Granola with yogurt is one of my favorite breakfasts, so the recent granola recipe in the New York Times caught my eye. I wondered how homemade granola might compare to the stuff I buy in the store. And, as someone who grumbles about prices every time she walks down the cereal aisle, I wondered if homemade granola might be more affordable than store-bought.
The recipe provides a basic road map for homemade granola -- rolled oats, nuts and/or seeds, dried fruit, coconut, cinnamon, maple syrup or honey -- while leaving the reader leeway to choose the specific ingredients. I decided to try a basic granola involving walnuts and chopped dates.
I started by combining the oats, nuts, coconut, cinnamon, salt and dates in a large bowl (and when I say "large," I mean large -- a standard-sized mixing bowl will not cut it, because the recipe involves about 10 cups of dried ingredients).
If you've read the recipe, you'll notice that the dried fruit isn't supposed to be added until after the granola has been baked. Whoops. I hoped the dates might just wind up being a little chewier than normal, but they actually were crunchy (although still edible) after the granola cooled... Please learn from my mistake, and be sure to wait until after the granola is baked to add the fruit!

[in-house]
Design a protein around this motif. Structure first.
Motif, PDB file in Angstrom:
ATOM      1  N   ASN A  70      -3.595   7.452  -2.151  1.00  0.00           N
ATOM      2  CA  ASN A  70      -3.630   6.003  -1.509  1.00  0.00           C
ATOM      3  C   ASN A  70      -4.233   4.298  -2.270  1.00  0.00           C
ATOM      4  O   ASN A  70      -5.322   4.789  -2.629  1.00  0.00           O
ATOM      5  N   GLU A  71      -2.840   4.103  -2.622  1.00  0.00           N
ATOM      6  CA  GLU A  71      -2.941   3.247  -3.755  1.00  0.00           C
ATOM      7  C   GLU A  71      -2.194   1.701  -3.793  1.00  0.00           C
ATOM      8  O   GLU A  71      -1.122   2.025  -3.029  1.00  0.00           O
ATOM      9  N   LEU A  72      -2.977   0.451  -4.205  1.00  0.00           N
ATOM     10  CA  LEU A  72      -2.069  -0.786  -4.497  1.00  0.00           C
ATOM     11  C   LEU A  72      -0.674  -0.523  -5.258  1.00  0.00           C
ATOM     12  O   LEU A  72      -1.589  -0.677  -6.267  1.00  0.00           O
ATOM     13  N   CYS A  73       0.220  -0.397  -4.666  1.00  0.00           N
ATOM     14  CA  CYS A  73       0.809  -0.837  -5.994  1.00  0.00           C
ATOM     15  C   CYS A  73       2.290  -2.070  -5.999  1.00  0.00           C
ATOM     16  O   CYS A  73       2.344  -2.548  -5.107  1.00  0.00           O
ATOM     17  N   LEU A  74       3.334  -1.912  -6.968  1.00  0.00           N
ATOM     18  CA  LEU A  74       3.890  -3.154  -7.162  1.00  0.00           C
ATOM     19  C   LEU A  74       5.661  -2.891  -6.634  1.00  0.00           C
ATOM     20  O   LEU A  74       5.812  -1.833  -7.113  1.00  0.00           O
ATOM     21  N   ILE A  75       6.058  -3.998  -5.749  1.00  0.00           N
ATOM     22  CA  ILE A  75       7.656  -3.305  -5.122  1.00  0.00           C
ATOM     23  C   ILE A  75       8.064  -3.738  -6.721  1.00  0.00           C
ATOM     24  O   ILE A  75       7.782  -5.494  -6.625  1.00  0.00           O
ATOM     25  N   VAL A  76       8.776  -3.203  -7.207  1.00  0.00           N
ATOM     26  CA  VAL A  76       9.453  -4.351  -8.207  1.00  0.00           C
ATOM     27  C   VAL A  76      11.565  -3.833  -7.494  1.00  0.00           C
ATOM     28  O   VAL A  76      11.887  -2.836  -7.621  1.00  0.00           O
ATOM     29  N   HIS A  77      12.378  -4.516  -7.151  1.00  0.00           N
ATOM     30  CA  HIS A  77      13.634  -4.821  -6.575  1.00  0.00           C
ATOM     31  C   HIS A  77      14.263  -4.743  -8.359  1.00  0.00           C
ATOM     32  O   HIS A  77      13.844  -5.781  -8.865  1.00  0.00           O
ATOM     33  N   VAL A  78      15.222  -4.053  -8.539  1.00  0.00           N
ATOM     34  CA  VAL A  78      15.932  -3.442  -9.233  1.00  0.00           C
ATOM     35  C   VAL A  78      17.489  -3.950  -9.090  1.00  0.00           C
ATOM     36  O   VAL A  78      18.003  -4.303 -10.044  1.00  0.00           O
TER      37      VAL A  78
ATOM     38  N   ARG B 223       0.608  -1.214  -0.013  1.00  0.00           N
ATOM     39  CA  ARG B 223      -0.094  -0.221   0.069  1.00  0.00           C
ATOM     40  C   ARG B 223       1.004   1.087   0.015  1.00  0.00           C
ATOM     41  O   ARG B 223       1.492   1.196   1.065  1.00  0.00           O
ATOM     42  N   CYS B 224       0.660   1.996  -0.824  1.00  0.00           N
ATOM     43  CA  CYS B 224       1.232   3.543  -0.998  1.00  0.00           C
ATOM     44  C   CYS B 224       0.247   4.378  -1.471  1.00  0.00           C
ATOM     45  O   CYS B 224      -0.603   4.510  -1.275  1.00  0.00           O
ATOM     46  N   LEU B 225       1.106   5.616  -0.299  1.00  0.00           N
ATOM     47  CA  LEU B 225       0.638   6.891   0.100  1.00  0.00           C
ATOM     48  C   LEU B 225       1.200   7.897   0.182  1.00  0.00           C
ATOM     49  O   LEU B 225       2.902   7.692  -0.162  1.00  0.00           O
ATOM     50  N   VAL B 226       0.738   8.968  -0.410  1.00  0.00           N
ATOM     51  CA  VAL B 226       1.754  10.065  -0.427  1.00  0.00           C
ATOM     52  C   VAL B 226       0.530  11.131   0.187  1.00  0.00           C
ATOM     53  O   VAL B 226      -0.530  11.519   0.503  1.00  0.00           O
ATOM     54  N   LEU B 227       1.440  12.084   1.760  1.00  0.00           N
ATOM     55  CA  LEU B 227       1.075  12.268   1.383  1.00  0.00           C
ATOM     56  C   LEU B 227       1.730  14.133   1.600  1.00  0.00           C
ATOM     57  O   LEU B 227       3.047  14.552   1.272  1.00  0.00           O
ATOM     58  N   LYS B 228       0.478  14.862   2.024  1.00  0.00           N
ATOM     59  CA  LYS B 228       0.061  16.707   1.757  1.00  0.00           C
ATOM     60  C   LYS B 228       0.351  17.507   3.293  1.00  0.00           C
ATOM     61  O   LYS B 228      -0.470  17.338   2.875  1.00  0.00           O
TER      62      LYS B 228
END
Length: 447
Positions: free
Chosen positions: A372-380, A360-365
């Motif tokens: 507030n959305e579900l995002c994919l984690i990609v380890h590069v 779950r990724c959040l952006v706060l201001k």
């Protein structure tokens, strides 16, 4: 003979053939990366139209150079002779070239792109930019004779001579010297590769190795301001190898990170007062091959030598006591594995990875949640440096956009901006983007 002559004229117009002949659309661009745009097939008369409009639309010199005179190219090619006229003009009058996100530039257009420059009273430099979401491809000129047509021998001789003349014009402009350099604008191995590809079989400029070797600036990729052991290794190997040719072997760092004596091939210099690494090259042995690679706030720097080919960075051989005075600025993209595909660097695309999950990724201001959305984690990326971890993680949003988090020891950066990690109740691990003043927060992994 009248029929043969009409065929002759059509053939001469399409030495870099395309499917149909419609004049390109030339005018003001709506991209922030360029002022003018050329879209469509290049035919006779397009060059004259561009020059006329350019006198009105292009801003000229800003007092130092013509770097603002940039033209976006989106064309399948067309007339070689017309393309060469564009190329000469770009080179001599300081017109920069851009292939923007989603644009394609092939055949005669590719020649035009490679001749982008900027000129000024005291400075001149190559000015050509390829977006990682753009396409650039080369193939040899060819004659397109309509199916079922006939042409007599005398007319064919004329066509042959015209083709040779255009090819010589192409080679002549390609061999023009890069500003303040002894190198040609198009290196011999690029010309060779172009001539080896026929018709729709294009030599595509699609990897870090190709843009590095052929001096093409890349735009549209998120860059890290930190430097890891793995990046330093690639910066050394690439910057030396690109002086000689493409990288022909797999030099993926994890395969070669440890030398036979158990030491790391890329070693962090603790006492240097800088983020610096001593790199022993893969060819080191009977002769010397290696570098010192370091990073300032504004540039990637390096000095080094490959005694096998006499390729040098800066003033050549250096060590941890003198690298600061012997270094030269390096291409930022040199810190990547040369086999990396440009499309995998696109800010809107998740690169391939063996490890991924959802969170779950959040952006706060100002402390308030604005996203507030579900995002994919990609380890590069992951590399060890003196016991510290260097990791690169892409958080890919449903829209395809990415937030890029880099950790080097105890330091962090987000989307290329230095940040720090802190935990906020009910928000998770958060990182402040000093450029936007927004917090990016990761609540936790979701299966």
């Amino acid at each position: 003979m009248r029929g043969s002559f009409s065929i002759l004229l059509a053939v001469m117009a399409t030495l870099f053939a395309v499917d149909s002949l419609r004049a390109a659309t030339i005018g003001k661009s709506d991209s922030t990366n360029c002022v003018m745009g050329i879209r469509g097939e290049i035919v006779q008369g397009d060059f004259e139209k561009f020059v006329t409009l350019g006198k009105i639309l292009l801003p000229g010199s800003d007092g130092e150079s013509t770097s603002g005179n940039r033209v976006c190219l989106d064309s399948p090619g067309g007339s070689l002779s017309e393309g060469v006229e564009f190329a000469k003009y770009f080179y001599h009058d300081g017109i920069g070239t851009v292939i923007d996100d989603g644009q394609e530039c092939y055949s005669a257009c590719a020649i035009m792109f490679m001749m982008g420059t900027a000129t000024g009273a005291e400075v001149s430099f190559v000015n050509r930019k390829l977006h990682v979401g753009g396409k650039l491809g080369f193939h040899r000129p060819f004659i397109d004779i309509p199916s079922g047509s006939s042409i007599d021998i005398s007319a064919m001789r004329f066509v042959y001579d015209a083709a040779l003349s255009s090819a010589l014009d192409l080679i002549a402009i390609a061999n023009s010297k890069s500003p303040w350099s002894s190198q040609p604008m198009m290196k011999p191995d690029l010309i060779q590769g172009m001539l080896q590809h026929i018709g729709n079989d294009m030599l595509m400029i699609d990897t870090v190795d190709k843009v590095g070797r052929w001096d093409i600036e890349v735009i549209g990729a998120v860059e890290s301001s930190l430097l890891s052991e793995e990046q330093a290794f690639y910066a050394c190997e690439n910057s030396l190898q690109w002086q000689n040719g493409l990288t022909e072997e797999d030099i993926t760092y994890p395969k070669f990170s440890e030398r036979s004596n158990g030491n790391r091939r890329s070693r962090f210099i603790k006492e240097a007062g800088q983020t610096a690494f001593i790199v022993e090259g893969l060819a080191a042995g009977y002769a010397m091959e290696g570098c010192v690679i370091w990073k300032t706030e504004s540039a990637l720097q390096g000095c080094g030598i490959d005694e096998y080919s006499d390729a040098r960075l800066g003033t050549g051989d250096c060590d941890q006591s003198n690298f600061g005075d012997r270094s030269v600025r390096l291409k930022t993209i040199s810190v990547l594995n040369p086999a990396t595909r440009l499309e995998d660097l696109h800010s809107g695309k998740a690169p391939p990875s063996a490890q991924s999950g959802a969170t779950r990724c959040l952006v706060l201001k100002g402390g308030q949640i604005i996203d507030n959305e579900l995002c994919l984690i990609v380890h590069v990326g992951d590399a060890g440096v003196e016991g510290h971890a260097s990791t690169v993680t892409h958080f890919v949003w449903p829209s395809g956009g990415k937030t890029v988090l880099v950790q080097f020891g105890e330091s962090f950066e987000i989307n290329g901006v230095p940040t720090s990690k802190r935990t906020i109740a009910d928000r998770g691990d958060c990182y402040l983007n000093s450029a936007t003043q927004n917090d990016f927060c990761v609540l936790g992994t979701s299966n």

Next, I added about 1/2 cup maple syrup. The mixture became damp and a little clumpier, but was not completely drenched.
The recipe then directs that the granola be poured onto a baking sheet, and cooked at 350 F for about 30 minutes, stirring occasionally. My baking sheet doesn't have rims, and so I lined it with parchment paper and folded the edges of the paper up to help keep the granola from falling off. As you can see from the photo, the granola was really piled onto the sheet. It might be a good idea to bake the granola in two batches to help it cook more evenly and to make it easier to stir.
Baking granola smells fantastic...
After about 40 minutes of baking and stirring, the granola was a nice golden brown (the photos don't really capture the change in color).
How did it taste? Oatier (if that's a word) and fresher than store-bought granola. I was quite pleased with all the walnuts. My only criticism would be regarding the crunchy dates, and those were my own fault.
And how did the price compare? As I figure it, the granola cost about $9.36 to make, broken down as follows:
1 cup chopped dates: $1.60
2 cups walnuts: $2.69
a generous six cups bulk rolled oats: $1.83
1 cup unsweetened shredded coconut: $.91
1/2 cup maple syrup: $2.33
salt and cinnamon: negligible
The recipe yielded about 10 cups of granola. Bulk granola starts at about $3 per pound at Whole Foods, and I sometimes buy about 8.5 cups (1 pound 19 ounces) of boxed granola for $4.39. The homemade granola cost about $.94 per cup to make (plus baking time), while the boxed store-bought granola costs about $.52 per cup. While the oats are relatively inexpensive, the add-ins and sweetener really add up.
Conclusion: homemade granola may have certain benefits, including freshness and the ability to choose your own ingredients, but price is not one of them.